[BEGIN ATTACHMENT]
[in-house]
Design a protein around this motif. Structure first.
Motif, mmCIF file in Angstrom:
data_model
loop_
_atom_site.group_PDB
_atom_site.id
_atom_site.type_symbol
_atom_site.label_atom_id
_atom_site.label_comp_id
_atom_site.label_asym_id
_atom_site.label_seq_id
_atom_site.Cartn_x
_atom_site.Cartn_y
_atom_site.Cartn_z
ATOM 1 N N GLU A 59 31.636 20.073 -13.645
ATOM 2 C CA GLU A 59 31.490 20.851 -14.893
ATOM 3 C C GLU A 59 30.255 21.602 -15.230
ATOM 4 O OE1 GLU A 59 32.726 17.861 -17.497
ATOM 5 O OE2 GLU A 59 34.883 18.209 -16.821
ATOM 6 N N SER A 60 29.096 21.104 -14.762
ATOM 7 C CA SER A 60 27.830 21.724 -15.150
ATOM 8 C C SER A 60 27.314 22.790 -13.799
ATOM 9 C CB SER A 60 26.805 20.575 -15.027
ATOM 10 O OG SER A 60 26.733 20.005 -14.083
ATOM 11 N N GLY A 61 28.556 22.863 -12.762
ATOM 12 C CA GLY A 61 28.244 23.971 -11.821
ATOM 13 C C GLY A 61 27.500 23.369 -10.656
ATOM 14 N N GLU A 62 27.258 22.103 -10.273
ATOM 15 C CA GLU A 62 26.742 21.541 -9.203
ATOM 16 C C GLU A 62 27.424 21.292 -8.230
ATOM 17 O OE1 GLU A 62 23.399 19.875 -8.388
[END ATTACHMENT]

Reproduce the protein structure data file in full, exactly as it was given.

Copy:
[in-house]
Design a protein around this motif. Structure first.
Motif, mmCIF file in Angstrom:
data_model
loop_
_atom_site.group_PDB
_atom_site.id
_atom_site.type_symbol
_atom_site.label_atom_id
_atom_site.label_comp_id
_atom_site.label_asym_id
_atom_site.label_seq_id
_atom_site.Cartn_x
_atom_site.Cartn_y
_atom_site.Cartn_z
ATOM 1 N N GLU A 59 31.636 20.073 -13.645
ATOM 2 C CA GLU A 59 31.490 20.851 -14.893
ATOM 3 C C GLU A 59 30.255 21.602 -15.230
ATOM 4 O OE1 GLU A 59 32.726 17.861 -17.497
ATOM 5 O OE2 GLU A 59 34.883 18.209 -16.821
ATOM 6 N N SER A 60 29.096 21.104 -14.762
ATOM 7 C CA SER A 60 27.830 21.724 -15.150
ATOM 8 C C SER A 60 27.314 22.790 -13.799
ATOM 9 C CB SER A 60 26.805 20.575 -15.027
ATOM 10 O OG SER A 60 26.733 20.005 -14.083
ATOM 11 N N GLY A 61 28.556 22.863 -12.762
ATOM 12 C CA GLY A 61 28.244 23.971 -11.821
ATOM 13 C C GLY A 61 27.500 23.369 -10.656
ATOM 14 N N GLU A 62 27.258 22.103 -10.273
ATOM 15 C CA GLU A 62 26.742 21.541 -9.203
ATOM 16 C C GLU A 62 27.424 21.292 -8.230
ATOM 17 O OE1 GLU A 62 23.399 19.875 -8.388